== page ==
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Gone Girl

Gone GirlGone Girl is one of those much-hyped books that hit the headlines big time. OK, OK, I know, I know!  I’m way behind the curve here; it did indeed come out in 2012 and I did buy my hardback copy ages ago, but I’ve only just got around to reading it this week. It’s attracted thousands of reviews (with its fair share of negative ones it must be admitted), won prestigious awards, and was dubbed ‘thriller of the year’. In my case I selected it now to serve a dual purpose: to psych myself gradually back into work mode after a couple of weeks of family priorities; and to hopefully counteract a recent run of disappointing reads.

So what did I make of it? Well, I can quite see why it’s not everyone’s cup of tea, but my agenda as a writer is probably atypical, and I found it gripping.

The book is divided into three parts, each one combining all the ingredients of a psychological thriller with the intense dissection of a marriage, each one taking us deeper and further into the conundrum of a relationship and the dark capabilities of the human mind. It’s ingeniously constructed, smoothly paced, with unreliable narrators providing contradictions and plot twists to keep the reader guessing right to the end. Nothing is as it seems.

It begins well with two very distinctive narrator voices – Nick Dunne (American magazine writer until computers took over the world and the economy went down the plughole) and his wife Amy (writer of personality quizzes and reluctant model for a series of books about Amazing Amy). One paragraph in each voice to give a flavour:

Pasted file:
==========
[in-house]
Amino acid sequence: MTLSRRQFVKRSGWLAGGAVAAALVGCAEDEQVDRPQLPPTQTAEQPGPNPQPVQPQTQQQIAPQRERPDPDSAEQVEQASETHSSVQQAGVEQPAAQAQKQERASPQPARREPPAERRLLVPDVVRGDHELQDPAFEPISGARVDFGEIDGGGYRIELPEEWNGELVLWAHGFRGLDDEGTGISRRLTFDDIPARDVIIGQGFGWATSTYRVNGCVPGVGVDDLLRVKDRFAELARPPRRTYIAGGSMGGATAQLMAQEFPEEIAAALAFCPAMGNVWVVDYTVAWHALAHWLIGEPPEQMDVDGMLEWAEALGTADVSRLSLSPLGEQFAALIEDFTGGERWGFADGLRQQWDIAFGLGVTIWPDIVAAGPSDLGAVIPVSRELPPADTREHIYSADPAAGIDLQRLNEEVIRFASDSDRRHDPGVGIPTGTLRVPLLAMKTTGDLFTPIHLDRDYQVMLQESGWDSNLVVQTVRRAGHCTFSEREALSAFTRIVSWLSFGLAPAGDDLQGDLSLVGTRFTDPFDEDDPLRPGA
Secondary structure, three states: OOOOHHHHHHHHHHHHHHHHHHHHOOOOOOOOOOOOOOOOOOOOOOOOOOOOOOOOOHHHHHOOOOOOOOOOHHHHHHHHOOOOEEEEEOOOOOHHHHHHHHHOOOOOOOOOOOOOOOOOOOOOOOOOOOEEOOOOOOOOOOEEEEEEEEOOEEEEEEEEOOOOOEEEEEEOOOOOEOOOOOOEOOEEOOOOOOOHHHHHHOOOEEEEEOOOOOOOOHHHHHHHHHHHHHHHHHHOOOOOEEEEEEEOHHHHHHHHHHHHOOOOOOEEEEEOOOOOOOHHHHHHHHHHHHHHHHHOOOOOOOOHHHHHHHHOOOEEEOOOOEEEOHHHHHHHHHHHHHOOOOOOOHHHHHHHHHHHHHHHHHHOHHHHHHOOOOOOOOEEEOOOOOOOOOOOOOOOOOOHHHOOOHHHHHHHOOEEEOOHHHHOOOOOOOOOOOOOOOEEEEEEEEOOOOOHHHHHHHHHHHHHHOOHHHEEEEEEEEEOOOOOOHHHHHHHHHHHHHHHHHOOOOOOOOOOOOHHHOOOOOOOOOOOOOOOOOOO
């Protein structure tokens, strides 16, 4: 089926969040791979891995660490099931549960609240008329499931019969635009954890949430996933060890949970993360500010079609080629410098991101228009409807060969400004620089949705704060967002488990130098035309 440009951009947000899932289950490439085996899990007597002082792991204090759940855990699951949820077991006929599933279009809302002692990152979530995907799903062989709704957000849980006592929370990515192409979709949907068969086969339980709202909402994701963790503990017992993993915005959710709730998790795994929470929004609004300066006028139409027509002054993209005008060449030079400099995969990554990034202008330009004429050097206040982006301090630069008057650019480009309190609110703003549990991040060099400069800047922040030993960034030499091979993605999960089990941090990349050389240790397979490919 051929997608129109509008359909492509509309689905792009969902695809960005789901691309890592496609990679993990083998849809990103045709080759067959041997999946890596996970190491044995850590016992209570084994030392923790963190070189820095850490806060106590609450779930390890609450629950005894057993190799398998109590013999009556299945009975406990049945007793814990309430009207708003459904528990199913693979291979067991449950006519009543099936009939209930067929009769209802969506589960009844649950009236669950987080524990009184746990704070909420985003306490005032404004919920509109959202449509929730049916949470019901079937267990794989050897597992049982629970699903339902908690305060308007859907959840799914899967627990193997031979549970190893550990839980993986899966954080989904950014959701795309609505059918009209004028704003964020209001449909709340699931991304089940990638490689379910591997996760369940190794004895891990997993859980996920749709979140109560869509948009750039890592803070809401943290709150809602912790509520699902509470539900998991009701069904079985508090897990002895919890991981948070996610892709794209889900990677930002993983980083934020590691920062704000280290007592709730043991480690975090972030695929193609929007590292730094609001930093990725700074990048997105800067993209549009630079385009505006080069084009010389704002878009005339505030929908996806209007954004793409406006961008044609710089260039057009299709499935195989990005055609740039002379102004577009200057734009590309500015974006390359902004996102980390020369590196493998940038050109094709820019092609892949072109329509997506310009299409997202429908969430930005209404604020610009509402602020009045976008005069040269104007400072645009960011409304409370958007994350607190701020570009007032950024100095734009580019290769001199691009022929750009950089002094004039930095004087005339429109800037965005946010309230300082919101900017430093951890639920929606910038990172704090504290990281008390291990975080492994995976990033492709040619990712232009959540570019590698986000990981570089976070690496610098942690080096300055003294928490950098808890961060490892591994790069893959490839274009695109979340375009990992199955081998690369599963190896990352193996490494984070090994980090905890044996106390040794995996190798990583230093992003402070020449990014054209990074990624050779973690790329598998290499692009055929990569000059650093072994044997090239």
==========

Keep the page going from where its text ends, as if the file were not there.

Nick: My morning breath warmed the pillow, and I changed the subject in my mind. Today was not a day for second-guessing or regret, it was a day for doing. Downstairs, I could hear the return of a long-lost sound: Amy making breakfast. Banging wooden cupboards (rump-thump!), rattling containers of tin and glass (ding-ring!), shuffling and sorting a collection of metal pots and iron pans (ruzz-shuzz!). A culinary orchestra tuning up, clattering vigorously toward a finale, a cakepan drum rolling along the floor, hitting the wall with a cymballic crash. Something impressive was being created, probably a crepe, because crepes are special, and today Amy would want to cook something special.
It was our five-year anniversary.

 Amy: Tra and la! I am smiling a big adopted-orphan smile as I write this. I am embarrassed at how happy I am, like some Technicolor comic of a teenage girl talking on the phone with my hair in a ponytail, the bubble above my head saying: I met a boy!
But I did. This is a technical, empirical truth. I met a boy, a great, gorgeous dude, a funny, cool-ass guy.